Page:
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Unfortunately, it has happened again. Non-payment of dues and threats from the client. Actually, the threats are a first – the non-payment isn’t. One of the aims of my blogging about a project that goes bad is to help other designers [ maybe they can pick out some signs of which projects can go bad ] and of course to get paid myself, if the blogging affects the client in any way. In one of the latest emails, the client also mentioned : “Of course you are free to carry out the actions that you may deem fit.” So here we are.
THE COMPANY / CLIENT
The company in question is Red Door Online. They do not seem to have any web presence online and are based in Mumbai, India. Contact details are : Premises of Hotel Beach Garden, Opp. Juhu Beach, Juhu Tara Road, Mumbai 400 049. Phone: +91 – 22 – 2617 7524 and 92233 33015.
THE DESIGN PROJECT
The deliverables that I was commissioned to design : a brand name, a tagline, a logo and stationery including a business card, a letterhead and an envelope. I was thrilled to be contacted for the project because it was one of those ‘start-to-finish’ ones that designers drool over.
The person who got in touch with me on behalf of Red Door Online was the CEO [ a lady ] and would be the CEO of the new brand as well [ this was August 2009 ]. After our initial email exchanges and one phone discussion, she put another person in-charge of the project [ I assume he was the Project Lead ] and from then on, all my dealings were with him, with some emails CC’d to the CEO as well.
Due to the multiple deliverables and the client’s request, the pricing was much reduced – instead of charging stand-along prices, I quoted an overall project cost, 50% of which was paid by the client upfront. Usually when the client pays the money quickly, as given in the terms and conditions, it’s a huge boost to the project as the designer does not have to deal with the anxiety of money not coming in on time. During this engagement, this was a huge plus to bolster my efforts.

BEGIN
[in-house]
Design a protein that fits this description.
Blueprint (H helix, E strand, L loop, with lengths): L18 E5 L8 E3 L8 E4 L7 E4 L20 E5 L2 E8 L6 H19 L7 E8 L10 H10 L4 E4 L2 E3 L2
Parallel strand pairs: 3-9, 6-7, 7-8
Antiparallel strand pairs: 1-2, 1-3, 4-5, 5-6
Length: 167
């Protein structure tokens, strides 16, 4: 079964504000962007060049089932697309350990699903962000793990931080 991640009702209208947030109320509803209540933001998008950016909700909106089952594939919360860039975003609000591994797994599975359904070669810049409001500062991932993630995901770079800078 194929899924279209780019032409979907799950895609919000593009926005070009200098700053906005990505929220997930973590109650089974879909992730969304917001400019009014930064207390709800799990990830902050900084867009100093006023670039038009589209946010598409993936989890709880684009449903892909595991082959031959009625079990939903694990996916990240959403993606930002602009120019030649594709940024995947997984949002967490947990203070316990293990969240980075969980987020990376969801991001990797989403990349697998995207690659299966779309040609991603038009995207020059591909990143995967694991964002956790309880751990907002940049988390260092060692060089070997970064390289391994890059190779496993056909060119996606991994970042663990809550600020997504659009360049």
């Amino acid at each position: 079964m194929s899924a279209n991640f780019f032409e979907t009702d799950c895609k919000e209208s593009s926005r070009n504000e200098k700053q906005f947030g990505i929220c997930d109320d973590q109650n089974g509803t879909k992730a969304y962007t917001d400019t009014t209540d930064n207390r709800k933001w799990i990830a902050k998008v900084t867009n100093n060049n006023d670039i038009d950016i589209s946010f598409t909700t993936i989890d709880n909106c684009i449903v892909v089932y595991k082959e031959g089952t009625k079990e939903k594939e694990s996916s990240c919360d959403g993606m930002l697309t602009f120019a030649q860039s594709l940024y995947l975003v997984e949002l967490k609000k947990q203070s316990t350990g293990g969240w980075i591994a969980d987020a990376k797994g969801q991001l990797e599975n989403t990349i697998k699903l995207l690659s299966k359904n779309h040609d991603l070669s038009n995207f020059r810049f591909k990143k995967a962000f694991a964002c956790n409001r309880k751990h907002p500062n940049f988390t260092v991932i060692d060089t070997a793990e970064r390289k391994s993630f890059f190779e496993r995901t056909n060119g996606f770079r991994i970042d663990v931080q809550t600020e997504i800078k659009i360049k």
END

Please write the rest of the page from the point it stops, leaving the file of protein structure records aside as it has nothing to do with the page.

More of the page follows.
I was supposed to suggest just about ten brand names, as discussed. But I gave them more than ten options because there was some really good ideas even after I’d delivered the promised ten names – and they still stuck with the option they had thought of initially. They had already thought up GobbleIT.com They stuck with that for a week and then got back to me saying they would like to change and use the one I had suggested : Bitfang.com
The tagline proved to be more of a consulting job because the client did not like any of the taglines I suggested, again more in number than agreed on in the terms and conditions. They had some taglines they had thought up and after all the discussions and email back and forth, they came up with a tagline on their own that they decided to use. While there was no deliverable from my side, the work was still done. The tagline they chose is “IT is better here.”
With the logo, not only did I go overboard with the number of iterations – way more than those agreed upon in terms and conditions, I also gave them extra design options. This phase in the project took the longest to complete. As in any regular design engagement, sometimes, clients take time to get back with a final decision and then the design takes time work think about a design, tweak it some more and get back to the client with a more refined version – and then there are the iterations with logo placement, typeface choice, colors, tagline placement etc.
Some of the logo sketches that were presented to the client :
Some of the final-looking iterations for the logo that were presented to the client :
Following is the Bitfang logo :
The stationery proved to be a little more taxing than normal – when I mentioned that extra edits would incur extra charges, I was told, via email that the client did not mind closing the project – they told me they thought the edits were not ‘design’ hence not chargeable – they were layout changes and are normally chargeable. At this stage of the project I did not want to cause any trouble, so I complied with the extra edits.